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Movie Review

Hoffman brings the wonder to 'Mr. Magorium'

Dustin Hoffman plays the title character, a 243-year-old toy-shop owner, and Natalie Portman portrays his clerk in 'Mr. Magorium's Wonder Emporium.' Dustin Hoffman plays the title character, a 243-year-old toy-shop owner, and Natalie Portman portrays his clerk in "Mr. Magorium's Wonder Emporium." (Walden media)
Email|Print| Text size + By Wesley Morris
Globe Staff / November 16, 2007

"Mr. Magorium's Wonder Emporium" is about a magical toy shop, but it has some of the sadder moments I've seen in a movie all year. Take the scene where the toy shop's sprightly clerk (Natalie Portman) asks the accountant (Jason Bateman), on the premises to assess the shop's worth, if he sees any sparkle in her. He can't. No twinkle either. She should consider the source, and yet he's not entirely wrong. For the first time I can recall, Portman's sparkle is forced.

This movie, which Zach Helm wrote and directed, is having the same conversation with us. We're all accountants; Helm lives in a toyshop; and for the 90 or so minutes "Mr. Magorium" drags on, he keeps interrupting his tale to ask us to stop and smell the cuteness. Of course, the more the movie insists on imparting its lessons for living - "Your life is an occasion. Rise to it" or "What you need to believe in is you" - the more you feel like an accountant and the less ashamed you are.

This feels like both Wes Anderson on training wheels and severely medicated Roald Dahl - be happy or else - with Dustin Hoffman doing Mr. Magorium as a kind of doddering Willy Wonka. (You can imagine Bill Murray doing a nastier, boozier version for Anderson.) Hoffman is fun. He bops around the sets with his hair teased out and gelled (with, what, Krazy Glue?) and wears snazzy, well-tailored suits. One of the happiest sights in the whole movie is the soft-shoe he does on a sheet of bubble wrap. That's heaven to me. And since the emporium feels cramped and overstocked with stuff and kids (it's like half shop, half day care), all the wonder in the movie is Hoffman's.

The vividness is theatrical as opposed to cinematic. The camera seems to fly around the inventive sets but visually the store never comes to life. It is, however, alive and extremely unhappy that its ancient owner (he's 243 years old, but doesn't look a day past 67) wants to pass it on to Mahoney, the chic but uncertain second-in-command Portman plays. The closer we come to Mr. M's last day, the grayer the emporium's colors become. Eric, the store's 9-year-old clerk, played by Zach Mills, suspects this graying might have something to do with the appearance of Henry, that sparkle-blind accountant.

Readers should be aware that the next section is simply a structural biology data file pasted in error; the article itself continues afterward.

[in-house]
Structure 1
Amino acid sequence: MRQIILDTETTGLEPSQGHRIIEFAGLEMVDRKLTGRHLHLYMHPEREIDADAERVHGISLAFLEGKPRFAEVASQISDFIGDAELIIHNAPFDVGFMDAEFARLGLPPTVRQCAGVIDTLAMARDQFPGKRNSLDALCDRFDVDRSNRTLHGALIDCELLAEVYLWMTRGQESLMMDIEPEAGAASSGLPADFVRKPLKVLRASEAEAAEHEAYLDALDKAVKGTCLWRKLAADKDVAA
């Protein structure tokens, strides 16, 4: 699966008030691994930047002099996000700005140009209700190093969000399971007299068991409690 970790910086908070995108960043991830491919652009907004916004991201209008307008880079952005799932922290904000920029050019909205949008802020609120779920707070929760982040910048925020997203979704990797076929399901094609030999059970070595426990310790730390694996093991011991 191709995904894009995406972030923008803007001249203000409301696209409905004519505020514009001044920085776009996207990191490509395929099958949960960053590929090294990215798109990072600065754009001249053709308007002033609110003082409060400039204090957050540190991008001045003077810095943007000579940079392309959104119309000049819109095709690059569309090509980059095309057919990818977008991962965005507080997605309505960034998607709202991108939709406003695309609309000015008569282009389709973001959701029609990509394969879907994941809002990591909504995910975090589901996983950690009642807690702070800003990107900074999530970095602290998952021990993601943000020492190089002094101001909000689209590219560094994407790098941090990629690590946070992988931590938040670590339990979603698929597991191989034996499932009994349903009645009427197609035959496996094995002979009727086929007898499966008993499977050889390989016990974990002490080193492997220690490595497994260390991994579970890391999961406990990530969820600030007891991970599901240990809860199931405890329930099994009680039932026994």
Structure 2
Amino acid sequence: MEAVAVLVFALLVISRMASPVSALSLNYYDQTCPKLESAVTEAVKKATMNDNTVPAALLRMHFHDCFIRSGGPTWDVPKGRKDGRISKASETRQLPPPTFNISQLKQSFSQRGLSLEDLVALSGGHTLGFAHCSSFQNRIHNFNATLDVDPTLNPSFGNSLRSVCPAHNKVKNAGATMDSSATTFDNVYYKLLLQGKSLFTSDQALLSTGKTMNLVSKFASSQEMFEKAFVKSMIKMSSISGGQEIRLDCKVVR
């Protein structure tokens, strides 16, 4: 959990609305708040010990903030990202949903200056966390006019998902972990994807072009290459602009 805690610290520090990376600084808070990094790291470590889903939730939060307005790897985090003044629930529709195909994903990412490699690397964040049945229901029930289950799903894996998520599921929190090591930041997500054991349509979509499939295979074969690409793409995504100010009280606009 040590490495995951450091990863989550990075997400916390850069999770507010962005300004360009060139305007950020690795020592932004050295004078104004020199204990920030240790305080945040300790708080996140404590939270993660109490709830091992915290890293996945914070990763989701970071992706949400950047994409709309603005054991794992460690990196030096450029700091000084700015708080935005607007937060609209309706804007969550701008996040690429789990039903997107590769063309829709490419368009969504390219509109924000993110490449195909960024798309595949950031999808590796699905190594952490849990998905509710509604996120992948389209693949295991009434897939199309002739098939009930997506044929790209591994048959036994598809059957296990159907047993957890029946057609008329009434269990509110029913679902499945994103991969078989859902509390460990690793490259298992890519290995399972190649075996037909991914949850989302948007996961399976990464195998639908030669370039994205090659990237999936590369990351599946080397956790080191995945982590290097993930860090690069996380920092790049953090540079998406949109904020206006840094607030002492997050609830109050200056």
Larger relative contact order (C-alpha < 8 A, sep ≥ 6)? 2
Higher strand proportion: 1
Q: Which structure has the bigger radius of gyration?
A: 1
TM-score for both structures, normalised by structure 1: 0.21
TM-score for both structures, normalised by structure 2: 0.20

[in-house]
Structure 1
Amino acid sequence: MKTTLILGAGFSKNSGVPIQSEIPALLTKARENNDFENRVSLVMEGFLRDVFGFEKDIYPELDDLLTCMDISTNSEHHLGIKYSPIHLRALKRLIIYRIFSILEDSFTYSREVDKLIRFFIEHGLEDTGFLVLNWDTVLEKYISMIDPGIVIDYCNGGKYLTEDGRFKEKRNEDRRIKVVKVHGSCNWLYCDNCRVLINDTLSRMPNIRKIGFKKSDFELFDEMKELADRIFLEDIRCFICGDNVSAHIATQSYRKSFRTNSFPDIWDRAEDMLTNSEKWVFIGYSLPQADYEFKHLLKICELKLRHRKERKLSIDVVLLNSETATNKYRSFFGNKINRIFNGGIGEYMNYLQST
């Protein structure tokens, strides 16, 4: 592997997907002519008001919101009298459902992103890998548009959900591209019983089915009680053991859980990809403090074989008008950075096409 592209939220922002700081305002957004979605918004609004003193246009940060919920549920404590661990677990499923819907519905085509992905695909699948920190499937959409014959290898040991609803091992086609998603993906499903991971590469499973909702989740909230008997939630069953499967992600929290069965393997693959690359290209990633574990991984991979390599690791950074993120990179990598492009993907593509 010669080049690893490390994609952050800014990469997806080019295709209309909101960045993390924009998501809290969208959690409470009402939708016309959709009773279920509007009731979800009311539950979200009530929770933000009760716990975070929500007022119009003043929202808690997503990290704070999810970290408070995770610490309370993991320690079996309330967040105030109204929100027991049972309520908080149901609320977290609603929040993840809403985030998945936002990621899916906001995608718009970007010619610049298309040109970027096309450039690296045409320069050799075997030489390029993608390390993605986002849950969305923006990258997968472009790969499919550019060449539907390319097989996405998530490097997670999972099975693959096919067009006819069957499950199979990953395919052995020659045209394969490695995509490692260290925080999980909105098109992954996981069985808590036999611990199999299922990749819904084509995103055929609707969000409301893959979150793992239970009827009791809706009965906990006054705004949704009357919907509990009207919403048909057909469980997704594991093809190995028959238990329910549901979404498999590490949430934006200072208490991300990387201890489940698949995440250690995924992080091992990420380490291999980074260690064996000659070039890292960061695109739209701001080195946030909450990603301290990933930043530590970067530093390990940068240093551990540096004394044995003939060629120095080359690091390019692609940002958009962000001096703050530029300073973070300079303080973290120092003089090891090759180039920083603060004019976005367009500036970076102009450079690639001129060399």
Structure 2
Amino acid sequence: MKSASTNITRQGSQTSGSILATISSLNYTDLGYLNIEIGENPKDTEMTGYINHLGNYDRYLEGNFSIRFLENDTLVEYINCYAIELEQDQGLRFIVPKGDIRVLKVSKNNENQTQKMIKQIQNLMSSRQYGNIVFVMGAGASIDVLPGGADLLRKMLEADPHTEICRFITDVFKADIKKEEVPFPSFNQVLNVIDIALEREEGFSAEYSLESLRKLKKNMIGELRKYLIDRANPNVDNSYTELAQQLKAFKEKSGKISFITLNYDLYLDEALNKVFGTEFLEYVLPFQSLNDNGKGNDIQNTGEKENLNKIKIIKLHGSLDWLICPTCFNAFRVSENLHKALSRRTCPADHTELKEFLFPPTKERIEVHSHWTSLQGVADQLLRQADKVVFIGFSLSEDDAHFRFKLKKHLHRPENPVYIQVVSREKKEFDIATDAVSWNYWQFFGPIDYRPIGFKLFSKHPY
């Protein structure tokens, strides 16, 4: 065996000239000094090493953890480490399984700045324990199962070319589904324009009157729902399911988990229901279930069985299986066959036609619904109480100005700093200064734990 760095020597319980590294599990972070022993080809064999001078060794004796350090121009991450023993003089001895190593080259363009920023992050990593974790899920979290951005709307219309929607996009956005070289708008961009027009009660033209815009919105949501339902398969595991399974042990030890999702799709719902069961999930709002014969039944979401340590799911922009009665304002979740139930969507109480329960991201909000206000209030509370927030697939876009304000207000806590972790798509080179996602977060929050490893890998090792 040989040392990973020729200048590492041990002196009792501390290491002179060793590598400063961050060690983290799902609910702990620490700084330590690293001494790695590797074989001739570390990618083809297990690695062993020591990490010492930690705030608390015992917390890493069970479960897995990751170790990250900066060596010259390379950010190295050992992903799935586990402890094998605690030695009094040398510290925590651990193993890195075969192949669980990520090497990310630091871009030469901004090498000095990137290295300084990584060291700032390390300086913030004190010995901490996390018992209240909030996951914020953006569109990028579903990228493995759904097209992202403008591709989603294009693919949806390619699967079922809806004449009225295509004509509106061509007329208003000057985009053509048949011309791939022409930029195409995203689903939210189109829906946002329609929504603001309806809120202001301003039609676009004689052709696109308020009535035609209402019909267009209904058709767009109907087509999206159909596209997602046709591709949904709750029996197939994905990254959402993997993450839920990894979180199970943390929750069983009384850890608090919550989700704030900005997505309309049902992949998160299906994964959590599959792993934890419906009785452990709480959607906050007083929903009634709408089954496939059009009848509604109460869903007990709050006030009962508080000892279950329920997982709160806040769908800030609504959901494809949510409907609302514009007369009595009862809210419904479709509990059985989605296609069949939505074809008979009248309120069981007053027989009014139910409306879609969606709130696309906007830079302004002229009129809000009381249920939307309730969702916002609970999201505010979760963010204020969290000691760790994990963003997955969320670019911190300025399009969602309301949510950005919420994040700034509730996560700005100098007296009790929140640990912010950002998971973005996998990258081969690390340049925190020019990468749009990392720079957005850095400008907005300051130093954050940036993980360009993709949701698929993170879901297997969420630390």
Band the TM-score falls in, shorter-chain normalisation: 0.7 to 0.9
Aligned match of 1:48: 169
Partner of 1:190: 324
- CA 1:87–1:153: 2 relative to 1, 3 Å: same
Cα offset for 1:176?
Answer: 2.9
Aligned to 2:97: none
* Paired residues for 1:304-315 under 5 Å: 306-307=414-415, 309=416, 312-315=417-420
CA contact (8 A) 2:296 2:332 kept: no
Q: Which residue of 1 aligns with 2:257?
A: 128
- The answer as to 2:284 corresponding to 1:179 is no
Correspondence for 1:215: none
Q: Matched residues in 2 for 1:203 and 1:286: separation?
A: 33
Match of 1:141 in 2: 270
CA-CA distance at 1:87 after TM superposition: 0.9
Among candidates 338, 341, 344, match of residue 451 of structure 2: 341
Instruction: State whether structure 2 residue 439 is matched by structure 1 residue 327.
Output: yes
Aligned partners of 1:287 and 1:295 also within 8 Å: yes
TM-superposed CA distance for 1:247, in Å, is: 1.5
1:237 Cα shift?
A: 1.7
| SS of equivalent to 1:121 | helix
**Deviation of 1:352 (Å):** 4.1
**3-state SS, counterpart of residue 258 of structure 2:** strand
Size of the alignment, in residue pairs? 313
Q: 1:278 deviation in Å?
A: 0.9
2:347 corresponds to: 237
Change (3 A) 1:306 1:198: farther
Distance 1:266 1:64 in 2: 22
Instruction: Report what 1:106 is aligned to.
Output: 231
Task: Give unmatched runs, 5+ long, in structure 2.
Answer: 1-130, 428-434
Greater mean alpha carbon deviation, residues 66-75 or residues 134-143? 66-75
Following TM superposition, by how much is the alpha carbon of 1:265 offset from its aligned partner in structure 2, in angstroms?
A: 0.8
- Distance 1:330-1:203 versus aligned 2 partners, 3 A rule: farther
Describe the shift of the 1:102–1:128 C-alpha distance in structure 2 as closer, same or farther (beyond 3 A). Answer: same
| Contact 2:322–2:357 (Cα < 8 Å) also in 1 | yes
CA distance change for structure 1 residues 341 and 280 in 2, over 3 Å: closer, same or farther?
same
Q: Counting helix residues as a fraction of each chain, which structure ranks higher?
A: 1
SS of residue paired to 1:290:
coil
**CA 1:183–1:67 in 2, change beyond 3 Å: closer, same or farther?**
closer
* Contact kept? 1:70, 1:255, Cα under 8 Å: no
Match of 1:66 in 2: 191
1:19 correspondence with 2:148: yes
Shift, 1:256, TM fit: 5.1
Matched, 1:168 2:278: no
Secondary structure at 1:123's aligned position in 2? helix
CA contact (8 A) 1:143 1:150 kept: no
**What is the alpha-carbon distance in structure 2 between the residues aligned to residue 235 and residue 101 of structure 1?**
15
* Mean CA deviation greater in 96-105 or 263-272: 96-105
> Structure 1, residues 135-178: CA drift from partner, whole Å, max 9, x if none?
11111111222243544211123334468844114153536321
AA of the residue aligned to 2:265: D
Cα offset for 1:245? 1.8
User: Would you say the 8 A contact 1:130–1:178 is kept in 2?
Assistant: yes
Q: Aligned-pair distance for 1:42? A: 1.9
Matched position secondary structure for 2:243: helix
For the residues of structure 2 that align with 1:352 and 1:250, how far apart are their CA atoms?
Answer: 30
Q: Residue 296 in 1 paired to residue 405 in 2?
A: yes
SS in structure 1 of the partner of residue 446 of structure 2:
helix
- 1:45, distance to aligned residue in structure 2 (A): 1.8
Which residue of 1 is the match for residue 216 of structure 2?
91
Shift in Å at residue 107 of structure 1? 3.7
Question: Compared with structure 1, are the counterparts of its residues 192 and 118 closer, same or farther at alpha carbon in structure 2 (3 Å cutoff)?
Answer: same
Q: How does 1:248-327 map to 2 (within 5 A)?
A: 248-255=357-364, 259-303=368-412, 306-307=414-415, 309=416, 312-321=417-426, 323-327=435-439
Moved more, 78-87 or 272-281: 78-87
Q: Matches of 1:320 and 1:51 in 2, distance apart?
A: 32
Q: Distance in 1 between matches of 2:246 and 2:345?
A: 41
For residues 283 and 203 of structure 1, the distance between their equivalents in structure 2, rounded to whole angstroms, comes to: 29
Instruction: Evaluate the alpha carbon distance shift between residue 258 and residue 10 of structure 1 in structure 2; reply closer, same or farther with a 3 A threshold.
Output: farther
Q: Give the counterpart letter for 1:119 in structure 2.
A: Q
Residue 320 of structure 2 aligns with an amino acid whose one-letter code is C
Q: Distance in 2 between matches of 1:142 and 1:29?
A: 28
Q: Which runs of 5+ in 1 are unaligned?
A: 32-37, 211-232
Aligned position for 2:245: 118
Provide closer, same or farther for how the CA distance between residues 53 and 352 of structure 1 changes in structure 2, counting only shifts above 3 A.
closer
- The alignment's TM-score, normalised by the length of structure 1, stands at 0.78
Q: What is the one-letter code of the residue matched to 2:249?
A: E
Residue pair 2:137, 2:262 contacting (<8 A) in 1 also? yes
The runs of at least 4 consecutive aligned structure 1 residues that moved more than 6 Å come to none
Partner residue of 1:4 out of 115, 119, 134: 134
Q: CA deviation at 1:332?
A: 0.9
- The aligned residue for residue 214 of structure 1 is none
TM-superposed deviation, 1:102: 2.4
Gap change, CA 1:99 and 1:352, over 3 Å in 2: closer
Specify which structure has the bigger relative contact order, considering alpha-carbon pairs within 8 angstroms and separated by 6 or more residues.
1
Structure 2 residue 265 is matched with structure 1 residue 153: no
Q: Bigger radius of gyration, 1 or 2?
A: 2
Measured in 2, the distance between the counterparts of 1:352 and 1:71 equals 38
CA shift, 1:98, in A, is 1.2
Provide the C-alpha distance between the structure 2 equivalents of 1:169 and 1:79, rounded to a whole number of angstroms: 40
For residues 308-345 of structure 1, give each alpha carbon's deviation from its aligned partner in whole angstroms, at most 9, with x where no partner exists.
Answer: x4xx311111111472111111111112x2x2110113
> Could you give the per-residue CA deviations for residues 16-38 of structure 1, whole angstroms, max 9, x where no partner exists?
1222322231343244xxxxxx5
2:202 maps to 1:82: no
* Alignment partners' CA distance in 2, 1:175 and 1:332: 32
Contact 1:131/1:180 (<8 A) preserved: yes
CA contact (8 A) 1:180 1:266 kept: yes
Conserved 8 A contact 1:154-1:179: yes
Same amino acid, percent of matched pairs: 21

For reasons only a bully could explain, this bright, intelligent, extremely likable child is friendless. In one of the movie's two best scenes, he follows his mother's instructions and tries to make a buddy. He chooses Henry. They write notes and hold them up to a window. The boy invites the man to play checkers. The man writes that he's working. The boy responds, how about when you're not working. And the man writes - with the camera getting in good and flagrantly tight on Henry's tablet: "I never stop working." The scenes between Mills and Bateman are wonderful because they're the actors whose connection transcends Big Themes.

The movie is rather selective in its disdain for toil. Mr. Magorium's been working for 113 years! Of course, Magorium loves his work and brings pleasure to others. That seems lost on Henry. Look at those drab suits. A happy laborer wears seersucker (Dustin, where can I get one?). Obviously, the movie aims to change that. But Helm is maddeningly indiscreet about the correction. He thinks in large type and skywrites all the ideas. His screenplay for last year's "Stranger Than Fiction," also about a dud accountant who discovers the meaning of fun, did the same. (Dustin Hoffman was having as good a time in that movie, too.)

"Mr. Magorium" is a far less aggravating experience. Just like the previous movie, this one fetishizes literariness, genius (Bateman talks to an Einstein doll), and the surrealism of René Magritte. But Helm places an actual child at the center of this picture as opposed to a metaphorical one. Even then, the film is inert and self-doubting. Its insecurities do it in. If a director more or less has to ask, "Does this movie make me look magical?," the answer is definitely no.

Wesley Morris can be reached at wmorris@globe.com. For more on movies, go to boston.com/ae/ movies/blog.

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